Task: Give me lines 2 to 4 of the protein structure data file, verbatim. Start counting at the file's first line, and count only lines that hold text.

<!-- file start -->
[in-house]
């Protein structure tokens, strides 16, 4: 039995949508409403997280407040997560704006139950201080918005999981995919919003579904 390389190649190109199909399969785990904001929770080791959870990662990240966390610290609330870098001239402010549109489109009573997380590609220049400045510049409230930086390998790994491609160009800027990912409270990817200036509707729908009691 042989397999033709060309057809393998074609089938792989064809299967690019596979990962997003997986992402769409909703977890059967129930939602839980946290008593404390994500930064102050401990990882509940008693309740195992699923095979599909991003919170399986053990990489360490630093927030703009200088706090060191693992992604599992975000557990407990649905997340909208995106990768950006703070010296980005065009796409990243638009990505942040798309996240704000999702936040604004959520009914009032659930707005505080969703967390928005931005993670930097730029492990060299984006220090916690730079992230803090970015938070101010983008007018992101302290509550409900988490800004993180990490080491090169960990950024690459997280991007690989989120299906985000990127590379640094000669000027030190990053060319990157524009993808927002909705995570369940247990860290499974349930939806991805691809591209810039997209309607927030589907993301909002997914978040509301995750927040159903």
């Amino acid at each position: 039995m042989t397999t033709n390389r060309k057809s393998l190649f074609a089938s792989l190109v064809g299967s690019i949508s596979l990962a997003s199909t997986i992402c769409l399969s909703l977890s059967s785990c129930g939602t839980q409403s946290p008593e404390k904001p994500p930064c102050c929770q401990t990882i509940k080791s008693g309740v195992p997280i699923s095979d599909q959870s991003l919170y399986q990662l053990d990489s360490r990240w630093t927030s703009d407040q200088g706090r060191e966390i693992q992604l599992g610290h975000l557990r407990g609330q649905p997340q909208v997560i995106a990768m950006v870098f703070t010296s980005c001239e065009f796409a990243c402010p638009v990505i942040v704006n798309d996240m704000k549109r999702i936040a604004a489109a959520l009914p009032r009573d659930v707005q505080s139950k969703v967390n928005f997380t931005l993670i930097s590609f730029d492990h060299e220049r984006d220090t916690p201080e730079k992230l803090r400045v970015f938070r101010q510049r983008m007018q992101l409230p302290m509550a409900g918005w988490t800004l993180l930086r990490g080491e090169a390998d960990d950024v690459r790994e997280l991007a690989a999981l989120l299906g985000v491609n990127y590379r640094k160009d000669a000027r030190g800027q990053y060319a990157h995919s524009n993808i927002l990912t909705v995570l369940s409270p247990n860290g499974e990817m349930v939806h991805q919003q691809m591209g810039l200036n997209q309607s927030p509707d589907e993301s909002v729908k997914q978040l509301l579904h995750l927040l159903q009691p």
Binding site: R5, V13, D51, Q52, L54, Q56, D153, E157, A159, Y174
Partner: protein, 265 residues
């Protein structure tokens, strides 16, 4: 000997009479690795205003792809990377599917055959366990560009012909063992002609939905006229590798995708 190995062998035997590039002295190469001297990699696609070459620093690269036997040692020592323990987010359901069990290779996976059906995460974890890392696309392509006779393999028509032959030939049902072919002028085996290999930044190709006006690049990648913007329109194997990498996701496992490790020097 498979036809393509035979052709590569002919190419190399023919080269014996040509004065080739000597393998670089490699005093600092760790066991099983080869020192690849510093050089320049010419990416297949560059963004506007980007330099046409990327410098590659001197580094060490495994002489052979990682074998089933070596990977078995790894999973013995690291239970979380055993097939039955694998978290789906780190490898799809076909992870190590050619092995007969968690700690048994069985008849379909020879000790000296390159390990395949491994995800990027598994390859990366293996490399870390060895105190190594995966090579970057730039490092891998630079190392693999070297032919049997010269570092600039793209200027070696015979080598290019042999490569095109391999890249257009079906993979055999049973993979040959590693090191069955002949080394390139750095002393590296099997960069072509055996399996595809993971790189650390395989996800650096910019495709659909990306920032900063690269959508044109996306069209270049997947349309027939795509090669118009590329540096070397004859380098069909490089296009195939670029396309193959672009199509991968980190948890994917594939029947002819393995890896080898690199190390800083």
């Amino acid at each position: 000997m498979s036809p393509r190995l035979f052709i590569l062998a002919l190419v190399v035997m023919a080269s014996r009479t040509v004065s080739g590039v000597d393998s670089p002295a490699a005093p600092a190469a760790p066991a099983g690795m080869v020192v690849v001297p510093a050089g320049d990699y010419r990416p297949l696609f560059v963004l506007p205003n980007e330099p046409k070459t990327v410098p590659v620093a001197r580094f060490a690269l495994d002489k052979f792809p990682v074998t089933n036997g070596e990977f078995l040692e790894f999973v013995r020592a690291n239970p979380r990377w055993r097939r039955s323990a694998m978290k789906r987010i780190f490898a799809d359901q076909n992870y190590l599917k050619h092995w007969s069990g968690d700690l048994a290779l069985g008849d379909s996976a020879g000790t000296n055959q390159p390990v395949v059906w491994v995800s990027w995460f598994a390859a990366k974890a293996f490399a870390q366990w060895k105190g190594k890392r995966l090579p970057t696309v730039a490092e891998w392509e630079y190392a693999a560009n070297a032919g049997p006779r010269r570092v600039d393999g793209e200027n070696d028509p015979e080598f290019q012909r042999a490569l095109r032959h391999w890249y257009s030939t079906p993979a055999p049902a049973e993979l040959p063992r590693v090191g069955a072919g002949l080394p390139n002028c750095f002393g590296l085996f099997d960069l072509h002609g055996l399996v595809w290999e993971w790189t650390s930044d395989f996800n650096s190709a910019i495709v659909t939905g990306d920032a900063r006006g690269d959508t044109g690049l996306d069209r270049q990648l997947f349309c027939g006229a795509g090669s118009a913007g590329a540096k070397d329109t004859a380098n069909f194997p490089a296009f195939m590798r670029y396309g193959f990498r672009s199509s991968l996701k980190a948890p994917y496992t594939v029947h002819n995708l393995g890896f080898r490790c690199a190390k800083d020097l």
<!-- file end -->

């Protein structure tokens, strides 16, 4: 039995949508409403997280407040997560704006139950201080918005999981995919919003579904 390389190649190109199909399969785990904001929770080791959870990662990240966390610290609330870098001239402010549109489109009573997380590609220049400045510049409230930086390998790994491609160009800027990912409270990817200036509707729908009691 042989397999033709060309057809393998074609089938792989064809299967690019596979990962997003997986992402769409909703977890059967129930939602839980946290008593404390994500930064102050401990990882509940008693309740195992699923095979599909991003919170399986053990990489360490630093927030703009200088706090060191693992992604599992975000557990407990649905997340909208995106990768950006703070010296980005065009796409990243638009990505942040798309996240704000999702936040604004959520009914009032659930707005505080969703967390928005931005993670930097730029492990060299984006220090916690730079992230803090970015938070101010983008007018992101302290509550409900988490800004993180990490080491090169960990950024690459997280991007690989989120299906985000990127590379640094000669000027030190990053060319990157524009993808927002909705995570369940247990860290499974349930939806991805691809591209810039997209309607927030589907993301909002997914978040509301995750927040159903």
């Amino acid at each position: 039995m042989t397999t033709n390389r060309k057809s393998l190649f074609a089938s792989l190109v064809g299967s690019i949508s596979l990962a997003s199909t997986i992402c769409l399969s909703l977890s059967s785990c129930g939602t839980q409403s946290p008593e404390k904001p994500p930064c102050c929770q401990t990882i509940k080791s008693g309740v195992p997280i699923s095979d599909q959870s991003l919170y399986q990662l053990d990489s360490r990240w630093t927030s703009d407040q200088g706090r060191e966390i693992q992604l599992g610290h975000l557990r407990g609330q649905p997340q909208v997560i995106a990768m950006v870098f703070t010296s980005c001239e065009f796409a990243c402010p638009v990505i942040v704006n798309d996240m704000k549109r999702i936040a604004a489109a959520l009914p009032r009573d659930v707005q505080s139950k969703v967390n928005f997380t931005l993670i930097s590609f730029d492990h060299e220049r984006d220090t916690p201080e730079k992230l803090r400045v970015f938070r101010q510049r983008m007018q992101l409230p302290m509550a409900g918005w988490t800004l993180l930086r990490g080491e090169a390998d960990d950024v690459r790994e997280l991007a690989a999981l989120l299906g985000v491609n990127y590379r640094k160009d000669a000027r030190g800027q990053y060319a990157h995919s524009n993808i927002l990912t909705v995570l369940s409270p247990n860290g499974e990817m349930v939806h991805q919003q691809m591209g810039l200036n997209q309607s927030p509707d589907e993301s909002v729908k997914q978040l509301l579904h995750l927040l159903q009691p």
Binding site: R5, V13, D51, Q52, L54, Q56, D153, E157, A159, Y174